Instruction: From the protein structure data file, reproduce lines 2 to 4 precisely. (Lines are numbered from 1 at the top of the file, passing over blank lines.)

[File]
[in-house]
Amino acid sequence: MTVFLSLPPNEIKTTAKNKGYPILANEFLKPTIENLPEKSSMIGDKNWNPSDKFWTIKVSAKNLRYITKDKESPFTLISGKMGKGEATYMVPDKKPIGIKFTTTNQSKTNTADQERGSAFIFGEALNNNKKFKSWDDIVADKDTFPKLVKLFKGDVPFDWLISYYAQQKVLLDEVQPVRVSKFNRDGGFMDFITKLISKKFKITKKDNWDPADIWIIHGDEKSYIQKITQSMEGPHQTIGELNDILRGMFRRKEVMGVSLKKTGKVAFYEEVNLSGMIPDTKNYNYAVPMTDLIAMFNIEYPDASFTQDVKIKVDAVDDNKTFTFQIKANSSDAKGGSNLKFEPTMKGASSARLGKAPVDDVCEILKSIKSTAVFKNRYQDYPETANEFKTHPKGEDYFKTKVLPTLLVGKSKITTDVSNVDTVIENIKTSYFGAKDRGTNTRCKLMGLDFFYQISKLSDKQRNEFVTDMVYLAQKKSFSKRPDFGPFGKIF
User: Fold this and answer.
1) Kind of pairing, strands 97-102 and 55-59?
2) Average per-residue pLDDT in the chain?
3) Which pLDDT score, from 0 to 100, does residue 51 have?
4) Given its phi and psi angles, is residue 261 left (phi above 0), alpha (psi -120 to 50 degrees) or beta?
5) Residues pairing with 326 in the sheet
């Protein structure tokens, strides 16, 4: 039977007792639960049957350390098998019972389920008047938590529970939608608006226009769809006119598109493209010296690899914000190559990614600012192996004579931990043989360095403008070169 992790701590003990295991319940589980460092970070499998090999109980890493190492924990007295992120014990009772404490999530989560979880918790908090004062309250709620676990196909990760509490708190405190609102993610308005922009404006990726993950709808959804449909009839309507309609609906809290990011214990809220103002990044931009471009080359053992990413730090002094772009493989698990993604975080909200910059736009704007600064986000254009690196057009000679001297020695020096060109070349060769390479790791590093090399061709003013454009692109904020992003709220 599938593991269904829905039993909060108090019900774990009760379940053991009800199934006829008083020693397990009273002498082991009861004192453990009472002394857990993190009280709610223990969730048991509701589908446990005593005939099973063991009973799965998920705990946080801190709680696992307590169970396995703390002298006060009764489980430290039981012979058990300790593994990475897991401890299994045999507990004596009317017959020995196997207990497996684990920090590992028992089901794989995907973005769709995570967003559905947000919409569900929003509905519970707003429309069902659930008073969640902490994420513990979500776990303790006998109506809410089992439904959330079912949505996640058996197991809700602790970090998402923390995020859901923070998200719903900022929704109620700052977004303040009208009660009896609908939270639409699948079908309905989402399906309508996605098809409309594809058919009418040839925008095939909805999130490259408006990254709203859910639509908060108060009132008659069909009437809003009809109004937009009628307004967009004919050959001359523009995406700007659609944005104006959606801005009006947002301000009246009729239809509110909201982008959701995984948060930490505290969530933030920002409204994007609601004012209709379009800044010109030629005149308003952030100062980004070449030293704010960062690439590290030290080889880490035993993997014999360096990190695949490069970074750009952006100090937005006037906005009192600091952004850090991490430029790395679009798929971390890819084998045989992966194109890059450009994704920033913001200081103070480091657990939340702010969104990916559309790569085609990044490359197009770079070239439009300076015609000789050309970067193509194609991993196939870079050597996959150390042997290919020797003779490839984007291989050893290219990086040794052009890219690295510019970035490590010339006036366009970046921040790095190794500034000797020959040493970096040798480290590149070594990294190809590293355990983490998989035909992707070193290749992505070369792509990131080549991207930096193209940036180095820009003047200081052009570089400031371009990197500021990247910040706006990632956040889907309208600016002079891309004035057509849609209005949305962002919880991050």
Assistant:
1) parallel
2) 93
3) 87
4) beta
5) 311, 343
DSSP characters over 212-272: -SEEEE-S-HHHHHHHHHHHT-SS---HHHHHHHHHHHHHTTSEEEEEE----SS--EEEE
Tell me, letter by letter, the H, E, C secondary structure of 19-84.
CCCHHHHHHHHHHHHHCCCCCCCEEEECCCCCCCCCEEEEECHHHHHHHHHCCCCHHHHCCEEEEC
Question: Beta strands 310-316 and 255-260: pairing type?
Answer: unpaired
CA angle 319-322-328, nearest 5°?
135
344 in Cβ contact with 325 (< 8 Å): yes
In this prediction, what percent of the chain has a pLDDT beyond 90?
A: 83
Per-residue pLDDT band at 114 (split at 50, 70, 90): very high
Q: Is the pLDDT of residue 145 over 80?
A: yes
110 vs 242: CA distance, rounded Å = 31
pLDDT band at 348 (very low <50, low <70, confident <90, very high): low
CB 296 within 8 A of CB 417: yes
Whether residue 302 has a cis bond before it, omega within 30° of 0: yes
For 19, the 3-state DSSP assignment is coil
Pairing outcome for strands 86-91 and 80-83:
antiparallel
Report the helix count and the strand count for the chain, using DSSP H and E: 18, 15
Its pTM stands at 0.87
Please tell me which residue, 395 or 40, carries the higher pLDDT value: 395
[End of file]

Amino acid sequence: MTVFLSLPPNEIKTTAKNKGYPILANEFLKPTIENLPEKSSMIGDKNWNPSDKFWTIKVSAKNLRYITKDKESPFTLISGKMGKGEATYMVPDKKPIGIKFTTTNQSKTNTADQERGSAFIFGEALNNNKKFKSWDDIVADKDTFPKLVKLFKGDVPFDWLISYYAQQKVLLDEVQPVRVSKFNRDGGFMDFITKLISKKFKITKKDNWDPADIWIIHGDEKSYIQKITQSMEGPHQTIGELNDILRGMFRRKEVMGVSLKKTGKVAFYEEVNLSGMIPDTKNYNYAVPMTDLIAMFNIEYPDASFTQDVKIKVDAVDDNKTFTFQIKANSSDAKGGSNLKFEPTMKGASSARLGKAPVDDVCEILKSIKSTAVFKNRYQDYPETANEFKTHPKGEDYFKTKVLPTLLVGKSKITTDVSNVDTVIENIKTSYFGAKDRGTNTRCKLMGLDFFYQISKLSDKQRNEFVTDMVYLAQKKSFSKRPDFGPFGKIF
User: Fold this and answer.
1) Kind of pairing, strands 97-102 and 55-59?